Gosh, this year is flashing by somewhat – we’re into March already? Still, at least that means we might be edging closer to something resembling more like normality in the coming months, but in the meantime, I’m continuing my weekly /Tuesday Ten posts, and this week I’m looking again at the best music of the past month.
As has been the case for a little while now – particularly as I’m doing a number of disparate livestreams at the moment – this is a pretty eclectic mix of music, covering industrial, metal, Alternative and quite a bit more, but hopefully, there is something to interest all readers here. I’m also trialling a third-party way of displaying Bandcamp playlists – see the bottom of the page for that.
A quick explanation for new readers (hi there!): my Tuesday Ten series has been running since March 2007, and each month features at least ten new songs you should hear – and in between those monthly posts, I feature songs on a variety of subjects, with some of the songs featured coming from suggestion threads on Facebook.
Feel free to get involved with these – the more the merrier, and the breadth of suggestions that I get continues to astound. Otherwise, as usual, if you’ve got something you want me to hear, something I should be writing about, or even a gig I should be attending, e-mail me, or drop me a line on Facebook (details below).
/The End of All Things
A French duo with extensive musical experience in the darker side of metal, I was not familiar with this band prior to this song arriving in my inbox, but now I want more. Apparently, this new release is a bit of an about-turn for them, but I’m not sure I want them to do anything else: vocalist Stéphane Azam has a deep, almost comforting croon amid powerful, expansive electronically-assisted rock, that in some respects reminds me deeply of Misery Loves Co.’s darkest moments (and I mean that as the highest compliment). My only sadness is that I have to wait over six weeks to hear the remainder of this album, as this song is fucking brilliant.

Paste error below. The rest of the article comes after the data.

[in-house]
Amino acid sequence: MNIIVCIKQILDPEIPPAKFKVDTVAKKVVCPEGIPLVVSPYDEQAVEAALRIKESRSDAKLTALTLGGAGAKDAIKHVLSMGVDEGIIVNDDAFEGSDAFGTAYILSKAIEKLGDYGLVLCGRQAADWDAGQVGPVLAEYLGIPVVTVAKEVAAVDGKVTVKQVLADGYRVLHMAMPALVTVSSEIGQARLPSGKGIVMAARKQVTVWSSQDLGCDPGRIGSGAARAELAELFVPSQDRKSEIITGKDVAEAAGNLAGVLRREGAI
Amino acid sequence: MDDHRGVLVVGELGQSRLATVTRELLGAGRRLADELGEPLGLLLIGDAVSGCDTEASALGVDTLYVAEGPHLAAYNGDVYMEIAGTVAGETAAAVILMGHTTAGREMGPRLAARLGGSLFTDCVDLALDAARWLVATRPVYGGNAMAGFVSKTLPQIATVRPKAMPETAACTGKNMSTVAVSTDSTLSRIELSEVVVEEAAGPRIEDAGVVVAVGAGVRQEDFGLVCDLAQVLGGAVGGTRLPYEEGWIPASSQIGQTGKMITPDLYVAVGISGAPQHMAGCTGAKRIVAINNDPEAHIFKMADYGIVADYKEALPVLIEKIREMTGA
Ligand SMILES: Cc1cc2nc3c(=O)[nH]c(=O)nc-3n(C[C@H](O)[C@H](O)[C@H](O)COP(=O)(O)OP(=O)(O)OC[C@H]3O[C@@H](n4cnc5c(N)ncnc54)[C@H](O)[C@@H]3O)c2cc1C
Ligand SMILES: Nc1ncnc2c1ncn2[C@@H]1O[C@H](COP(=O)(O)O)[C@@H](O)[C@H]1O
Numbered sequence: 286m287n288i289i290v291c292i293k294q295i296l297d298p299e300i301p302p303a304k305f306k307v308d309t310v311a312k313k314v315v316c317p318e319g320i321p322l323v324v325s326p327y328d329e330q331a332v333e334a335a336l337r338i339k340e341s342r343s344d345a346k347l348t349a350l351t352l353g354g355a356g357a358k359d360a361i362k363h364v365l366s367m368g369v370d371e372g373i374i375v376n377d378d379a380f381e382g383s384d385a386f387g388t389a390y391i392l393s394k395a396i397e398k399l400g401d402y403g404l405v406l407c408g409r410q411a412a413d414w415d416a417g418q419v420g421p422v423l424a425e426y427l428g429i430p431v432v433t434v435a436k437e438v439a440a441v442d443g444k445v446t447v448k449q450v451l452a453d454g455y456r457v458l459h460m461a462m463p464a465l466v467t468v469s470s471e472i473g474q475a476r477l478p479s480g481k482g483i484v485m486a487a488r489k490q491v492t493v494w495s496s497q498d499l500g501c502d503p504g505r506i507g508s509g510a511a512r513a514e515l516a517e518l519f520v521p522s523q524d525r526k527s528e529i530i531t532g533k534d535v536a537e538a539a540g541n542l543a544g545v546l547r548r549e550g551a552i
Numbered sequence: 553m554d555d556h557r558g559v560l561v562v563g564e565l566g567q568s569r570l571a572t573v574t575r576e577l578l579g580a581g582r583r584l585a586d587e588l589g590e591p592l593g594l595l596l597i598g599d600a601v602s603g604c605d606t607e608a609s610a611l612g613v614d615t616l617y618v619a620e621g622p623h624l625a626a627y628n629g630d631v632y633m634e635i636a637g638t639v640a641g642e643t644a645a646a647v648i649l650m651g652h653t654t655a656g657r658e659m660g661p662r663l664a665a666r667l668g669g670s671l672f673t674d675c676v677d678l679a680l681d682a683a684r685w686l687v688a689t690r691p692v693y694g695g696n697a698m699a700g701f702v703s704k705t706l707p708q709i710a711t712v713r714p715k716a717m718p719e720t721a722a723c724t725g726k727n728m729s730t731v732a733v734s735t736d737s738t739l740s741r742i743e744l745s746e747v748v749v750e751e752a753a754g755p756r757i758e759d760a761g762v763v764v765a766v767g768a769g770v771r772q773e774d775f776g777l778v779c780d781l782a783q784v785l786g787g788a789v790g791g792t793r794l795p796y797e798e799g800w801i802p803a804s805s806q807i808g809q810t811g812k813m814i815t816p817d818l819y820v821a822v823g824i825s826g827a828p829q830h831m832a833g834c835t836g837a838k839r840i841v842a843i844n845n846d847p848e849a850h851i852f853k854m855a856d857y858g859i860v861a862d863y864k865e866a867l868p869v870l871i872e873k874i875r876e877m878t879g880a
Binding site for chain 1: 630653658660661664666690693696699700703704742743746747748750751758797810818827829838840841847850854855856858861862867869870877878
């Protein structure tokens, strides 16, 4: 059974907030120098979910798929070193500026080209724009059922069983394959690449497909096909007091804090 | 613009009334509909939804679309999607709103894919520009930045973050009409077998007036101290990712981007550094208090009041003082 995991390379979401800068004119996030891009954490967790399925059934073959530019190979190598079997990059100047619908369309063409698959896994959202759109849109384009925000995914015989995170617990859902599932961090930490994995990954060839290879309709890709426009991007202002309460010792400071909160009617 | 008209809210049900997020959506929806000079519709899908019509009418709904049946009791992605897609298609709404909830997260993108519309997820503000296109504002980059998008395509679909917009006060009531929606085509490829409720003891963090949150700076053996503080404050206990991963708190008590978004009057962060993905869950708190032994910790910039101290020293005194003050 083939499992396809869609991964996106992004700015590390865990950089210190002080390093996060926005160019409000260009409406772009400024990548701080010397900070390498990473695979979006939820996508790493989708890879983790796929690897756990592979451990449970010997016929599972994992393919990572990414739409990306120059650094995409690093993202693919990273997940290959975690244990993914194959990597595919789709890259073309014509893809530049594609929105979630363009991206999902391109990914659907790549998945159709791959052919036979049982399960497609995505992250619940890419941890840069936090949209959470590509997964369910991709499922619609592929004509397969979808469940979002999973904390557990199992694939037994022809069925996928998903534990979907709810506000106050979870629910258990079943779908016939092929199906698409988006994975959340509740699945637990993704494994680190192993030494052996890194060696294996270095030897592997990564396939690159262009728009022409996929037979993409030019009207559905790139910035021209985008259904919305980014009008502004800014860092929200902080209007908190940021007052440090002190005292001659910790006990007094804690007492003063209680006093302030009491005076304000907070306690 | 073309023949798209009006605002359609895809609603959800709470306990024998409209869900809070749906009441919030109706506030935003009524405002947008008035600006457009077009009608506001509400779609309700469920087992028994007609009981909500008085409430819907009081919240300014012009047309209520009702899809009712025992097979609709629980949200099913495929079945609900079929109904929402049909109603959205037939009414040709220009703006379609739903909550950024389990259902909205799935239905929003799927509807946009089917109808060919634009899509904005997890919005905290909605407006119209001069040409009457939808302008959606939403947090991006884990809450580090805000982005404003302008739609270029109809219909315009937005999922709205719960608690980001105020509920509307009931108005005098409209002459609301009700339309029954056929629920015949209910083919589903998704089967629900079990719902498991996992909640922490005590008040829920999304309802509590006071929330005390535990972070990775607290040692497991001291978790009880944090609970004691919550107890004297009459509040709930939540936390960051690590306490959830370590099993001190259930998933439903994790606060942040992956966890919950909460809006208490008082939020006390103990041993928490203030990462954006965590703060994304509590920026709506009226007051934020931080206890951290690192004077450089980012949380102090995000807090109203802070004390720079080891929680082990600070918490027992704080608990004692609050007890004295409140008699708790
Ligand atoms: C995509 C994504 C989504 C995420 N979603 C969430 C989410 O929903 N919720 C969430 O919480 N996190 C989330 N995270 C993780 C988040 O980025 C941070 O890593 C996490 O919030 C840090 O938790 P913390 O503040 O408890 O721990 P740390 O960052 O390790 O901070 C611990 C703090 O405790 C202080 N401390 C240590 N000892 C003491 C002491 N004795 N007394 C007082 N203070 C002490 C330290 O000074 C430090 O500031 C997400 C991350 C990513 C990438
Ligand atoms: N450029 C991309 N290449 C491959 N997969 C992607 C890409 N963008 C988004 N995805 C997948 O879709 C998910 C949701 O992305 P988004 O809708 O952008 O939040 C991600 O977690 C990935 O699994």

Late to the party with this one, but thanks to a glowing I Die: You Die review, this was bought on the spot, and happily, they weren’t wrong. This is outstanding, glowering cyberpunk electro-industrial of the highest order (there is even a graphic novel to accompany the album, one of two accompanying publications on this week’s list), and the droning synths and pummelling rhythms of Mirrorshades make for a hell of an introduction to this Italian artist. Industrial is nowhere near dead, we’re just having to cast the net a bit wider nowadays.
/Missed The Noise
Not for the first time, I’ve rather slept on Emileigh Rohn’s previous work as Chiasm, and this new album – out this coming Friday – sees Rohn working with producer John Fryer, someone who knows a thing or two about sound, texture and impact. From the first minute, it’s clear that this is a collaboration that works, with excellent songcraft and punchy production, and for me Away is the pick of the bunch. A slower-paced groove that sees Rohn’s vocal delivery wrapping around the beats and adding ethereal melody to something that might have otherwise turned much darker, and it’s a song my mind has kept returning to since I first listened to it.
The recently reactivated Croc Shop (their album Resist! perhaps deserved a bigger audience than it got) are very much a different band than the harsher electro-industrial of yore, and perhaps nowhere is this made clearer than on the excellent Silver. Bright synths, squalling guitars (or at least, I think they’re guitars!) and 80s new wave basslines propel a song that seems to be holding something back, even while it is delivering quite glorious electro-synthpop. Well worth giving the new album a listen (it’s out on Friday).